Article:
The appellants each filed a general demurrer and a special demurrer to the bill of complaint. The grounds of the general demurrer were (1) that there is no equity on the face of the bill, (2) that the bill of complaint failed to state a cause of action, and (3) that the original jurisdiction to regulate the operation and maintenance of the facilities of the Mississippi Power & Light Company is vested exclusively in the Mississippi Public Service Commission. The special demurrers asserted the additional ground that the bill of complaint was multifarious and that the same was barred by the ten-year and six-year statutes of limitation. The demurrers were all overruled, and on motion of the defendants an interlocutory appeal to settle the principles of the case and to avoid expense and delay, was granted with supersedeas, upon the filing of an appeal bond by the defendant Mississippi Power & Light Company in the sum of $1,000, within the time provided by law, — no appeal bond being required of the defendant City Council of Greenville.

    (Hn 1) The declared public policy of this State, as evidenced by such statutes as Section 2778, 2780, 7723, 7737 and 4070, Code of 1942, is to encourage the development of the public utilities by affording them the right to place their lines along the streets and highways. This *645 was expressly declared in the case of Gandy v. Public Service Corp. of Miss., 163 Miss. 187, 140 So. 687.

    In reaching our conclusion that the general and special demurrers interposed by both the City of Greenville and the Mississippi Power & Light Company should have been sustained, we base our decision on Section 17, subparagraph 8, of the special charter of the City of Greenville, and upon Sections 2778 and 2780, Code of 1942. As to the right of the appellant Mississippi Power & Light Company not to be mandatorily enjoined to remove its towers and transmission lines from along Causey Drive through the northern end of Greenway Park; and as to the right of the City Council of Greenville not to be mandatorily enjoined and required to close or remove Causey Drive from the north end of the Greenway Park, we find that nowhere in the bill of complaint is it alleged that the portion of Causey Drive running along the northern edge of Greenway Park substantially or materially interfered or interferes with the use of Greenway Park as a park; and we find no allegation that its usefulness as a park has been destroyed or seriously impaired.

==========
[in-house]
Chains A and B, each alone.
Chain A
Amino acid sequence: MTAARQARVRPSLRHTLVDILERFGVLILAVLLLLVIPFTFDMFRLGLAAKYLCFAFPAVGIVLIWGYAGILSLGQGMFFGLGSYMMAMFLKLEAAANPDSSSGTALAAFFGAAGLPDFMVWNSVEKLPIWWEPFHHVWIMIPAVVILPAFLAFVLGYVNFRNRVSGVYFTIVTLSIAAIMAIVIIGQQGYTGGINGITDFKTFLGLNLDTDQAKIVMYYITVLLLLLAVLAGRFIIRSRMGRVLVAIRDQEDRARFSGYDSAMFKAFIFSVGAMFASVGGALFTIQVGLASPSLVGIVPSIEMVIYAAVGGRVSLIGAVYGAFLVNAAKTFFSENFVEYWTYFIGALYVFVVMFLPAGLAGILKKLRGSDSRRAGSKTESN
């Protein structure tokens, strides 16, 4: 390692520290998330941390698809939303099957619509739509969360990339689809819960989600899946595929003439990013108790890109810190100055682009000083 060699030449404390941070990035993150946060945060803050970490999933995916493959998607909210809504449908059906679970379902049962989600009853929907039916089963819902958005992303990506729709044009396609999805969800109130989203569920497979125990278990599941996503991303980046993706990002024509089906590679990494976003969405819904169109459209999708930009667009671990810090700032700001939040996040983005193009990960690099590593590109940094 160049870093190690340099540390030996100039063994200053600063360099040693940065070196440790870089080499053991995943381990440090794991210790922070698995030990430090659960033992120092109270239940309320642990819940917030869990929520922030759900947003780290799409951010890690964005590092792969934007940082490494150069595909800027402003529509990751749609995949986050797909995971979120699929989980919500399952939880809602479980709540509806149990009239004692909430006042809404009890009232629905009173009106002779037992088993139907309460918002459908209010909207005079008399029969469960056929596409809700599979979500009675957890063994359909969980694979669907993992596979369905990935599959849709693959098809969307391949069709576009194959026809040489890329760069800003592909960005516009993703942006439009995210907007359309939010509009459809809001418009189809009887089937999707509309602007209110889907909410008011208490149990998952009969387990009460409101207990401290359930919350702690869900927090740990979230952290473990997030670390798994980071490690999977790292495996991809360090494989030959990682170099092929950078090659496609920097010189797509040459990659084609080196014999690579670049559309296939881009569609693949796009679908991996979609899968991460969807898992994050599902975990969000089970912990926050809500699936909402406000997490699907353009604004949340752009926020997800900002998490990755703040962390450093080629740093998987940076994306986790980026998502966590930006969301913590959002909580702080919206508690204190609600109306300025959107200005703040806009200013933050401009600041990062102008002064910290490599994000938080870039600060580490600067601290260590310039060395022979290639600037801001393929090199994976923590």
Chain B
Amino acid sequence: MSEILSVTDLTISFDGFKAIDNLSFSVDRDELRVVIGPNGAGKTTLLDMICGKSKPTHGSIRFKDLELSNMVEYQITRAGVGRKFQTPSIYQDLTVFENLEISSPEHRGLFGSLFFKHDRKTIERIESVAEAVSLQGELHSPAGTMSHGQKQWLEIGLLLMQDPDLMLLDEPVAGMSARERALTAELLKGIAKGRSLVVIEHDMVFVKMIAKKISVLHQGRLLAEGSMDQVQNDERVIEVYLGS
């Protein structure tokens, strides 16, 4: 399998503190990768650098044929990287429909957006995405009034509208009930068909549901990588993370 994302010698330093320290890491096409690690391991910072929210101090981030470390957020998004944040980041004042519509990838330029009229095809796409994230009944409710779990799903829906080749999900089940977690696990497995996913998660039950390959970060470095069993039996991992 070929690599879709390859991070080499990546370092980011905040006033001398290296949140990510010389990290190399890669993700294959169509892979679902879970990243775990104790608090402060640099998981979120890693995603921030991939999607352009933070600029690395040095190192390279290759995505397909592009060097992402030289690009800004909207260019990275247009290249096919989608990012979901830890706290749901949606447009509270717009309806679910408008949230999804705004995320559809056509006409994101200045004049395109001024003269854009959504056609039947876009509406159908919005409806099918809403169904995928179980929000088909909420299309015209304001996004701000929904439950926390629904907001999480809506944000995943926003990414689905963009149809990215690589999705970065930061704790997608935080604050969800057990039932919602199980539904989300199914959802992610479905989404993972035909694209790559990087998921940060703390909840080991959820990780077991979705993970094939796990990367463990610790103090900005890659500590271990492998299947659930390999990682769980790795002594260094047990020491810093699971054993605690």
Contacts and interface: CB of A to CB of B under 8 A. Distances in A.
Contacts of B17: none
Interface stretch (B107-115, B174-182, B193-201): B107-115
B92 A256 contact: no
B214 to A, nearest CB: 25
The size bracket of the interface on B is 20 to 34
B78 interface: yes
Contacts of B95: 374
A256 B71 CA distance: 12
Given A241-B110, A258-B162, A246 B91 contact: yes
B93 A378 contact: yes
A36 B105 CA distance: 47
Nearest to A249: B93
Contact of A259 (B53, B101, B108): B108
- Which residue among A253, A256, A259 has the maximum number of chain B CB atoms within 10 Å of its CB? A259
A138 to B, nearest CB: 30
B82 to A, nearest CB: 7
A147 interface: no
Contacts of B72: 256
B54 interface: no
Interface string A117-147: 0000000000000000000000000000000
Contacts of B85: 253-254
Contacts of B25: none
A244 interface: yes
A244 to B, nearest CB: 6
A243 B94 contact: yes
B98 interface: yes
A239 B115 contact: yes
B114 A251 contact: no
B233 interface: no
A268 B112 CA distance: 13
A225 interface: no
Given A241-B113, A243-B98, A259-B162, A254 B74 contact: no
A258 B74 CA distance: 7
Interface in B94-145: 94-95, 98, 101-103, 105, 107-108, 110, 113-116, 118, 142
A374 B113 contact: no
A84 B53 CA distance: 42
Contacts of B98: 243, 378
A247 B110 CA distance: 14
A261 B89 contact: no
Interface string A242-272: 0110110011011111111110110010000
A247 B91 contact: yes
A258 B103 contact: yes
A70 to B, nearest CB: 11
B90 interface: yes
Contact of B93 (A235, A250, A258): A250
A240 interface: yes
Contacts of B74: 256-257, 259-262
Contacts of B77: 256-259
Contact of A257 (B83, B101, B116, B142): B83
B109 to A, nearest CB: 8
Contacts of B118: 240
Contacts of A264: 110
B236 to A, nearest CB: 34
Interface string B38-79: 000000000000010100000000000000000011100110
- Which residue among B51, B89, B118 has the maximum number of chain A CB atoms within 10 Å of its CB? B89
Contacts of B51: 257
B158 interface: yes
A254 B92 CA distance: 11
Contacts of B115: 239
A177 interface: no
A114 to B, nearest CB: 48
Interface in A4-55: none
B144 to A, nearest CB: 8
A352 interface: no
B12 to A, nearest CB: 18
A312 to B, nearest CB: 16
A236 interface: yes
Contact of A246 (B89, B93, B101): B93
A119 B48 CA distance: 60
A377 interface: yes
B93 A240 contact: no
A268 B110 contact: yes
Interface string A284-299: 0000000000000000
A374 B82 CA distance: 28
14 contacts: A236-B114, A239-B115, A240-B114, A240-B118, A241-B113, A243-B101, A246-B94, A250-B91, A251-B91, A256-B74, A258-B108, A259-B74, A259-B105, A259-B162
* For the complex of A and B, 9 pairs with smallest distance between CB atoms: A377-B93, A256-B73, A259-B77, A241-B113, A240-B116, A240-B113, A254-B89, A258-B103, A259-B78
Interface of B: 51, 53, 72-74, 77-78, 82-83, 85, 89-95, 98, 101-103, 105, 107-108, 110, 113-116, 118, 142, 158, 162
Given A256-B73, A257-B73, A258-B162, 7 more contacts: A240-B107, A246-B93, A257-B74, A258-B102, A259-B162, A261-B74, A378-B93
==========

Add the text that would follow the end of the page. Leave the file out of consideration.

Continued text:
Moreover, the bill of complaint alleges as to the appellant City of Greenville "that on or about 6 April 1954, the defendant city announced its intention to construct Eureka Street from Robertshaw Street south to Camwyn Road (now known as Causey Drive), and a thoroughfare across the northerly portion of Greenway Park and adjacent to the complainants' property, and which thoroughfare was intended to be and was constructed to be an integral part of the arterial traffic plan for the purpose of carrying heavy through traffic, and not for the purpose of providing access to said park, already served by Cedar Street, by a dedicated alley, and by Fairview Avenue (which is a principal north-south street in said city, joining with principle east-west streets) abutting said park for its entire easterly boundary. *646 Complainants allege that at the time the defendant city announced its intention to construct said thoroughfare, contrary to the master plan for streets it had adopted, they and other residents of said Kirk Addition protested vigorously, on three grounds: (1) that it would lower property values, (2) that it would create a hazard, and (3) that it was not needed and unnecessary. However, the defendant city ignored their objections and constructed Causey Drive for the purposes above stated."

    Thus it appears that the appellees and other protested to the City Council against the establishment of Causey Drive, but took no steps to prevent the same being opened up and use as a public street. They did not appeal from the decision of the City Council in that regard, but waited for almost six years to institute this suit for a mandatory injunction against both of the appellants for the purposes hereinbefore stated. In a number of the cases decided by this Court, and relied upon by the appellees on this appeal, there was an appeal taken from the order of the governing authorities of the municipality, whereas in the instant case the appellees did not take any affirmative action but apparently acquiesced in the expenditure of money for the establishment of Causey Drive by the City of Greenville and for the installation of the towers and transmission lines by the Mississippi Power & Light Company, and now seek by mandatory injunction to require the appellant City of Greenville to close or remove Causey Drive from the park, and to require the appellant Mississippi Power & Light Company to either remove its 50-foot towers and transmission lines from the park entirely or to place the same underground.